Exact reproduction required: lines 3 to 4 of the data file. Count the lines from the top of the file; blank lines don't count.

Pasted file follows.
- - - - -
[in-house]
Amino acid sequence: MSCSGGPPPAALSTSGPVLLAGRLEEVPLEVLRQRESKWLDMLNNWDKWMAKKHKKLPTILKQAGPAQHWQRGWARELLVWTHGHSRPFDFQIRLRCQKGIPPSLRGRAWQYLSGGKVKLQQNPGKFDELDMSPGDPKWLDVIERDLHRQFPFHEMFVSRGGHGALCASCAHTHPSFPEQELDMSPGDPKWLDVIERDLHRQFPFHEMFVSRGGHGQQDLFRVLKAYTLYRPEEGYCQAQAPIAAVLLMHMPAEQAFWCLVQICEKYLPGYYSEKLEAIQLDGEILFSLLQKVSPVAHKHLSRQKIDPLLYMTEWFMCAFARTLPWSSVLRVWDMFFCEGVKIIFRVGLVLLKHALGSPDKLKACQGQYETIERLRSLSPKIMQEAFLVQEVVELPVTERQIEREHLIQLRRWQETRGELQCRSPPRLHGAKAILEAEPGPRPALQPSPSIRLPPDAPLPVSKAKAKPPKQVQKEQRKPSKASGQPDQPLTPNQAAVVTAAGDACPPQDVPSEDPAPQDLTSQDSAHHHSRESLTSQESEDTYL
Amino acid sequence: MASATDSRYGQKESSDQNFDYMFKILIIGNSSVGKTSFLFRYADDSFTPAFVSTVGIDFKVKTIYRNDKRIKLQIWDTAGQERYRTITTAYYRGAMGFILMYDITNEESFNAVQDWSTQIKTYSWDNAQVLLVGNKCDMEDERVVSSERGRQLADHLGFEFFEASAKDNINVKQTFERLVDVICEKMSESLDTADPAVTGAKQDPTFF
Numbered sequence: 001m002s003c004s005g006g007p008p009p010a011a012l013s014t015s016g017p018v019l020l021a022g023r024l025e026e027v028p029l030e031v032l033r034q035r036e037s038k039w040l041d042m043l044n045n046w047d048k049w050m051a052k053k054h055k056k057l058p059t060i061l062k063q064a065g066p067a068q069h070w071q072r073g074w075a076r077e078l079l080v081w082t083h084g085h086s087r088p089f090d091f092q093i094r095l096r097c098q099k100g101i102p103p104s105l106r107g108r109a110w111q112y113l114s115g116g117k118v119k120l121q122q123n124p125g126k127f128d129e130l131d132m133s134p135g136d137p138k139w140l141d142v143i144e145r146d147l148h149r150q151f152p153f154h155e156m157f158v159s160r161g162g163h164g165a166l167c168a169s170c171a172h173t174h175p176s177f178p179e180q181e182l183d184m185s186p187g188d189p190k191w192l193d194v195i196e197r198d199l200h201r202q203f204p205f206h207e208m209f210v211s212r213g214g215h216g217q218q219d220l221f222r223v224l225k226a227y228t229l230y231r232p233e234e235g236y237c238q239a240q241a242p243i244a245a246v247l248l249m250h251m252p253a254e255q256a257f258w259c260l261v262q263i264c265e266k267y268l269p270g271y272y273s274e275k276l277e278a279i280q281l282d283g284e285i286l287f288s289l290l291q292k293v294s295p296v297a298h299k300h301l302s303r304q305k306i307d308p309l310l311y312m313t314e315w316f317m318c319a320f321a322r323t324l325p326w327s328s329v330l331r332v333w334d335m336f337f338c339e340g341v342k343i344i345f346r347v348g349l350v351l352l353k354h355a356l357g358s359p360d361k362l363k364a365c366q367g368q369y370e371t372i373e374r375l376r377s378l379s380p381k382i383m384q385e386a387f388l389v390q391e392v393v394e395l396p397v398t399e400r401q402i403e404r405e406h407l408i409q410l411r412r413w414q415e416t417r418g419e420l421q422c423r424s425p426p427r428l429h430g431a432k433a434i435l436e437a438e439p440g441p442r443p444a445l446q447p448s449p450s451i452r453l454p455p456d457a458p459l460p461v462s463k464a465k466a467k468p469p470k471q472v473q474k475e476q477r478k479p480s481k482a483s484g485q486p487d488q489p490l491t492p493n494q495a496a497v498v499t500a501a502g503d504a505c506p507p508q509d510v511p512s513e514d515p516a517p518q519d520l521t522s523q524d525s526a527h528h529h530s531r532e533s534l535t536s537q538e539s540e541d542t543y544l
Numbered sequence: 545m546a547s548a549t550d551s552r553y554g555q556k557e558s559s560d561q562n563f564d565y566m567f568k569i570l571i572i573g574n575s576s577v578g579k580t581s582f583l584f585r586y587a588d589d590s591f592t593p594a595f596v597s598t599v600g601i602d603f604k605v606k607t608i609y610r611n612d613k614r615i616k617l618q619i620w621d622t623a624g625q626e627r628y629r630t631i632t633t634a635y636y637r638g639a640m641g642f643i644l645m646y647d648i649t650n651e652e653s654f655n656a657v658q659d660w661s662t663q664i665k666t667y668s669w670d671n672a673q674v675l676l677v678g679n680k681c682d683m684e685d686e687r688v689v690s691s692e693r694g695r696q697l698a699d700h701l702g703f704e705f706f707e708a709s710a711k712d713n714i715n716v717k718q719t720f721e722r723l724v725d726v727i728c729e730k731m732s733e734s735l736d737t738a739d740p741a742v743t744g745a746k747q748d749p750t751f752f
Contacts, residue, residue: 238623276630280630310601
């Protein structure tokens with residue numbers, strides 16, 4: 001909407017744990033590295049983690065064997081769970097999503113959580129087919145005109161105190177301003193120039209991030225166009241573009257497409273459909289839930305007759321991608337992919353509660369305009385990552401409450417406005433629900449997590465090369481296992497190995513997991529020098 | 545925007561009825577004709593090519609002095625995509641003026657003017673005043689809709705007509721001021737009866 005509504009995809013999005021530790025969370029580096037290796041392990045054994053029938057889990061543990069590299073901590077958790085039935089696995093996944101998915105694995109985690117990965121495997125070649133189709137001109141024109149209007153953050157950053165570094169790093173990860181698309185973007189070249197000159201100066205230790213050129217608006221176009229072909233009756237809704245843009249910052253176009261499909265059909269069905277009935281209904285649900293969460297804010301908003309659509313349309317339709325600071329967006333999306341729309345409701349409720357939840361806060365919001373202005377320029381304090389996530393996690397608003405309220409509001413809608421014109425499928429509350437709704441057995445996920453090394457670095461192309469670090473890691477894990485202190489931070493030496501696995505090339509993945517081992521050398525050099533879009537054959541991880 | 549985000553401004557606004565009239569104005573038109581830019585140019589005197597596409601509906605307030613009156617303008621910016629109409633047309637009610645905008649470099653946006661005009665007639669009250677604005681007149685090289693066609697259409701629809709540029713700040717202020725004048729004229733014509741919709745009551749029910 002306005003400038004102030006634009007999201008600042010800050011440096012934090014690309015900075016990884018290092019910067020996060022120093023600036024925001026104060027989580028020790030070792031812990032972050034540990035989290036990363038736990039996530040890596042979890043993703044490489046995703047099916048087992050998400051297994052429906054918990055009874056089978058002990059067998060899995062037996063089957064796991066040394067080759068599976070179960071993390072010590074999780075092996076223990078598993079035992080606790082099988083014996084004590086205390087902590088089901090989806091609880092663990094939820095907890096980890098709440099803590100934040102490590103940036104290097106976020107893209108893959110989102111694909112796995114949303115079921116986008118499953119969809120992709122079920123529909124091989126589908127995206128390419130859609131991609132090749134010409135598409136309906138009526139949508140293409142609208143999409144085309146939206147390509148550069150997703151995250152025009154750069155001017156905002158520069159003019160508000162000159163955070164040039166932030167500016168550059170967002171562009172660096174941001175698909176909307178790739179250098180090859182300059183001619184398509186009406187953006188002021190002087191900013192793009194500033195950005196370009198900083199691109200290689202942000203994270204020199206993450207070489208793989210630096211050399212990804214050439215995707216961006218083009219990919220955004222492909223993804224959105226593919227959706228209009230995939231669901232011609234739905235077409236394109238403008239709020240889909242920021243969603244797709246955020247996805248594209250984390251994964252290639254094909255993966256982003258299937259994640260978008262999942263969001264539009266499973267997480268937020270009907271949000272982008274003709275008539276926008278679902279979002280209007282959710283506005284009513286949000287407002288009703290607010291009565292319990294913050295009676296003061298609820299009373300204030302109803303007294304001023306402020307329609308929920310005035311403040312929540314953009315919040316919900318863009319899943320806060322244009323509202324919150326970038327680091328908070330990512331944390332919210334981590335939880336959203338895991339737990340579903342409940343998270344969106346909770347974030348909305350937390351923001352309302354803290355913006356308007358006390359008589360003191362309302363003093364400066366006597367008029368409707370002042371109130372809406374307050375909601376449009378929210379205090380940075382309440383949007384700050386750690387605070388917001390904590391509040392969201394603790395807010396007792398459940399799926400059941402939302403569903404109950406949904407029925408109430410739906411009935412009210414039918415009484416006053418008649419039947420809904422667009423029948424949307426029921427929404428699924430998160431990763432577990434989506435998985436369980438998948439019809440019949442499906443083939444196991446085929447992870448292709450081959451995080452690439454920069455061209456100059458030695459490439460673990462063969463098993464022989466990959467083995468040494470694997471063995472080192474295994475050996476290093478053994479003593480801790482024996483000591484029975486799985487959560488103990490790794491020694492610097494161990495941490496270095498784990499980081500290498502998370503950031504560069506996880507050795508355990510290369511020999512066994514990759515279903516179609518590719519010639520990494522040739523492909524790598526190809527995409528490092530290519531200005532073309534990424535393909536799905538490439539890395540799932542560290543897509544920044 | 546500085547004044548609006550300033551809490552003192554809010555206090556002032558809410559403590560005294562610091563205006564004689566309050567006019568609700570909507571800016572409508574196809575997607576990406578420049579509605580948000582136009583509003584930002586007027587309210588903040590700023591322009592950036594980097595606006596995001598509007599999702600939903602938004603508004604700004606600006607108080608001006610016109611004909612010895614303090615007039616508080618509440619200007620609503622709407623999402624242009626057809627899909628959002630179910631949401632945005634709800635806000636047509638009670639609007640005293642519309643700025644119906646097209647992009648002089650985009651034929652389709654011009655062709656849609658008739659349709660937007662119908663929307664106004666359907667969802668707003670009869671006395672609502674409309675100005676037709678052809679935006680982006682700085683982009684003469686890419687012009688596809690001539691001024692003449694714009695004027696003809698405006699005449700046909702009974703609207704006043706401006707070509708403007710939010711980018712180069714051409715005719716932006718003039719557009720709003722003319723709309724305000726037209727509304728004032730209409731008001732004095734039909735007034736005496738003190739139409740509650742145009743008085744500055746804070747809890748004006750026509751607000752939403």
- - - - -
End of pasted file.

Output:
Amino acid sequence: MASATDSRYGQKESSDQNFDYMFKILIIGNSSVGKTSFLFRYADDSFTPAFVSTVGIDFKVKTIYRNDKRIKLQIWDTAGQERYRTITTAYYRGAMGFILMYDITNEESFNAVQDWSTQIKTYSWDNAQVLLVGNKCDMEDERVVSSERGRQLADHLGFEFFEASAKDNINVKQTFERLVDVICEKMSESLDTADPAVTGAKQDPTFF
Numbered sequence: 001m002s003c004s005g006g007p008p009p010a011a012l013s014t015s016g017p018v019l020l021a022g023r024l025e026e027v028p029l030e031v032l033r034q035r036e037s038k039w040l041d042m043l044n045n046w047d048k049w050m051a052k053k054h055k056k057l058p059t060i061l062k063q064a065g066p067a068q069h070w071q072r073g074w075a076r077e078l079l080v081w082t083h084g085h086s087r088p089f090d091f092q093i094r095l096r097c098q099k100g101i102p103p104s105l106r107g108r109a110w111q112y113l114s115g116g117k118v119k120l121q122q123n124p125g126k127f128d129e130l131d132m133s134p135g136d137p138k139w140l141d142v143i144e145r146d147l148h149r150q151f152p153f154h155e156m157f158v159s160r161g162g163h164g165a166l167c168a169s170c171a172h173t174h175p176s177f178p179e180q181e182l183d184m185s186p187g188d189p190k191w192l193d194v195i196e197r198d199l200h201r202q203f204p205f206h207e208m209f210v211s212r213g214g215h216g217q218q219d220l221f222r223v224l225k226a227y228t229l230y231r232p233e234e235g236y237c238q239a240q241a242p243i244a245a246v247l248l249m250h251m252p253a254e255q256a257f258w259c260l261v262q263i264c265e266k267y268l269p270g271y272y273s274e275k276l277e278a279i280q281l282d283g284e285i286l287f288s289l290l291q292k293v294s295p296v297a298h299k300h301l302s303r304q305k306i307d308p309l310l311y312m313t314e315w316f317m318c319a320f321a322r323t324l325p326w327s328s329v330l331r332v333w334d335m336f337f338c339e340g341v342k343i344i345f346r347v348g349l350v351l352l353k354h355a356l357g358s359p360d361k362l363k364a365c366q367g368q369y370e371t372i373e374r375l376r377s378l379s380p381k382i383m384q385e386a387f388l389v390q391e392v393v394e395l396p397v398t399e400r401q402i403e404r405e406h407l408i409q410l411r412r413w414q415e416t417r418g419e420l421q422c423r424s425p426p427r428l429h430g431a432k433a434i435l436e437a438e439p440g441p442r443p444a445l446q447p448s449p450s451i452r453l454p455p456d457a458p459l460p461v462s463k464a465k466a467k468p469p470k471q472v473q474k475e476q477r478k479p480s481k482a483s484g485q486p487d488q489p490l491t492p493n494q495a496a497v498v499t500a501a502g503d504a505c506p507p508q509d510v511p512s513e514d515p516a517p518q519d520l521t522s523q524d525s526a527h528h529h530s531r532e533s534l535t536s537q538e539s540e541d542t543y544l